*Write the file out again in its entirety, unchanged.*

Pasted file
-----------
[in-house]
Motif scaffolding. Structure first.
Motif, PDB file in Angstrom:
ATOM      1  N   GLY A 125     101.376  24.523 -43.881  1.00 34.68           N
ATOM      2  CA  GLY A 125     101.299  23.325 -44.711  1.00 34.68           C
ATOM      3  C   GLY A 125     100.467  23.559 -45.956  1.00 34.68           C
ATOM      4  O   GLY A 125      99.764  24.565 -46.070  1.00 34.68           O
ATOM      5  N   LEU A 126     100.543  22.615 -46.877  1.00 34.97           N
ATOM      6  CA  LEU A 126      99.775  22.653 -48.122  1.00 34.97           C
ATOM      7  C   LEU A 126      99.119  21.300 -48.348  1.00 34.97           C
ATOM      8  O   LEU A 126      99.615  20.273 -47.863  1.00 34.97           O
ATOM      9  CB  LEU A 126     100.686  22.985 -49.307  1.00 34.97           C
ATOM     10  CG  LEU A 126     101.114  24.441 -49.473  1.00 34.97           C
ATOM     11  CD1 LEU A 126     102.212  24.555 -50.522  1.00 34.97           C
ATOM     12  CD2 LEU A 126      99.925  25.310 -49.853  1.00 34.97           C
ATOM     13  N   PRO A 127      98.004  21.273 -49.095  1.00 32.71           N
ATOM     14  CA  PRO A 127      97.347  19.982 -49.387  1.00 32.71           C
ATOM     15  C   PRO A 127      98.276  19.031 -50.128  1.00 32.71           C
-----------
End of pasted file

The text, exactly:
[in-house]
Motif scaffolding. Structure first.
Motif, PDB file in Angstrom:
ATOM      1  N   GLY A 125     101.376  24.523 -43.881  1.00 34.68           N
ATOM      2  CA  GLY A 125     101.299  23.325 -44.711  1.00 34.68           C
ATOM      3  C   GLY A 125     100.467  23.559 -45.956  1.00 34.68           C
ATOM      4  O   GLY A 125      99.764  24.565 -46.070  1.00 34.68           O
ATOM      5  N   LEU A 126     100.543  22.615 -46.877  1.00 34.97           N
ATOM      6  CA  LEU A 126      99.775  22.653 -48.122  1.00 34.97           C
ATOM      7  C   LEU A 126      99.119  21.300 -48.348  1.00 34.97           C
ATOM      8  O   LEU A 126      99.615  20.273 -47.863  1.00 34.97           O
ATOM      9  CB  LEU A 126     100.686  22.985 -49.307  1.00 34.97           C
ATOM     10  CG  LEU A 126     101.114  24.441 -49.473  1.00 34.97           C
ATOM     11  CD1 LEU A 126     102.212  24.555 -50.522  1.00 34.97           C
ATOM     12  CD2 LEU A 126      99.925  25.310 -49.853  1.00 34.97           C
ATOM     13  N   PRO A 127      98.004  21.273 -49.095  1.00 32.71           N
ATOM     14  CA  PRO A 127      97.347  19.982 -49.387  1.00 32.71           C
ATOM     15  C   PRO A 127      98.276  19.031 -50.128  1.00 32.71           C